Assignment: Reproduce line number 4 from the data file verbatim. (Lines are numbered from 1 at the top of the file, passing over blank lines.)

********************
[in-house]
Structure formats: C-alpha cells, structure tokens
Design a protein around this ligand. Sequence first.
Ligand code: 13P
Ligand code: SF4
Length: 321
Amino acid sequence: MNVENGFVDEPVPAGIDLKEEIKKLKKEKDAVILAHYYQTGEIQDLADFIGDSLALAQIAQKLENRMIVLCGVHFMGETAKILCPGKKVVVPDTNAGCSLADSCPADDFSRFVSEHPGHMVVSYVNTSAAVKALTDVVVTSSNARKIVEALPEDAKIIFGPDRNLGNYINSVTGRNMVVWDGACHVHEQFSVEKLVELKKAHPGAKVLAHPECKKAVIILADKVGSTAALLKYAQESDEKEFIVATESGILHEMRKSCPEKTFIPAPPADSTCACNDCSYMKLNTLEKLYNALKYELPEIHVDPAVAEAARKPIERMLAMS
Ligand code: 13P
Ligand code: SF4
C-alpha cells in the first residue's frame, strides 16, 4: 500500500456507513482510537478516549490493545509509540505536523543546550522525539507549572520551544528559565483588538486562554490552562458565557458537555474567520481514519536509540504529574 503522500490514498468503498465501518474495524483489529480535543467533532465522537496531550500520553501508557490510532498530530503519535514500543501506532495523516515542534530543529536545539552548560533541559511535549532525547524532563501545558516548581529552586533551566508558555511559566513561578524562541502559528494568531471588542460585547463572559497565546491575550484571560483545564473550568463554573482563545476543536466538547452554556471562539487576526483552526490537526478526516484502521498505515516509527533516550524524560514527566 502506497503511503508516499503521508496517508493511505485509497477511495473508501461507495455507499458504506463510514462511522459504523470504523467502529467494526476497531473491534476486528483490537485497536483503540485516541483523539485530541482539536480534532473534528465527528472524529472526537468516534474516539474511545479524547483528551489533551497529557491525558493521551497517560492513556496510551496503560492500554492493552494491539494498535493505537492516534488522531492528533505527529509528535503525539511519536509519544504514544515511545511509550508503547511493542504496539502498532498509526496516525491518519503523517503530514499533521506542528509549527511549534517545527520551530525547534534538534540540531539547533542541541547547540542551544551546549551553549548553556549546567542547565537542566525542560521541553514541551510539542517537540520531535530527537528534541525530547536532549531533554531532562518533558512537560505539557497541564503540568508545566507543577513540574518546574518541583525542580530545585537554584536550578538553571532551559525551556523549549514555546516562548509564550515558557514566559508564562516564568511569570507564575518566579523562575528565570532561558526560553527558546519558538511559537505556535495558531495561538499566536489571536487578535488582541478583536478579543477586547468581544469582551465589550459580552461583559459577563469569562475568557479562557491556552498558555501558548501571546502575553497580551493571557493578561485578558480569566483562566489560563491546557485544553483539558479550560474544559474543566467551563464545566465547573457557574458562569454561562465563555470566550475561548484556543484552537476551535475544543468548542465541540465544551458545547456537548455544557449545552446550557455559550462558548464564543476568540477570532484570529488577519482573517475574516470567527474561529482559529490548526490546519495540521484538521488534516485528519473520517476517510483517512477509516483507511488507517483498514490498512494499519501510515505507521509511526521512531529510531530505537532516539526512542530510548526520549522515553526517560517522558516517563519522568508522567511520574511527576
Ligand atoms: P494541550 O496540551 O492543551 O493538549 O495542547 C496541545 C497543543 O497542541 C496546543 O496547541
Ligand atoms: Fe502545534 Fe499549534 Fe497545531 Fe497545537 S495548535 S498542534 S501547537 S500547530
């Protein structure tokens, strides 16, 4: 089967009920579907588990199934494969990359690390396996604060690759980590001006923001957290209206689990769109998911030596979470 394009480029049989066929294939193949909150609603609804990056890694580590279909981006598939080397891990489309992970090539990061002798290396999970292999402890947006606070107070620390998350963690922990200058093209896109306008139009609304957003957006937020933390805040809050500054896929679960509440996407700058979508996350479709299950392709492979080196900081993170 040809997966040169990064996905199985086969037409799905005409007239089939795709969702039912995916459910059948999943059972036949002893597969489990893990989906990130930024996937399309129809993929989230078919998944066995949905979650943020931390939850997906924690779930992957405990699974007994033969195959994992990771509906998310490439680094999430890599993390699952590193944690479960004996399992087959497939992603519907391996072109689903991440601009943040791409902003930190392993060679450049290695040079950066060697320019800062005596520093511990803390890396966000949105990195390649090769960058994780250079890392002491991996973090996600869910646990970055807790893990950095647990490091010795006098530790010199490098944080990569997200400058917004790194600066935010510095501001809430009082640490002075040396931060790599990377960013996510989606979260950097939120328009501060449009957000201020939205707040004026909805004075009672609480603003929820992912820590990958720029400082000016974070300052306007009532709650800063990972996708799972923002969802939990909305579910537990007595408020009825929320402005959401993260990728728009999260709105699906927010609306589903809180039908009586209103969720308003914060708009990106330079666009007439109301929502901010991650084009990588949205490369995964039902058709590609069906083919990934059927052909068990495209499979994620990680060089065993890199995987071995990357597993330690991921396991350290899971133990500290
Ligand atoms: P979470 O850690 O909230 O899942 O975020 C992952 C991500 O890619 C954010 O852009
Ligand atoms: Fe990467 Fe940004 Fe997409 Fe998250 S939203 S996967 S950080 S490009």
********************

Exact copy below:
Ligand code: 13P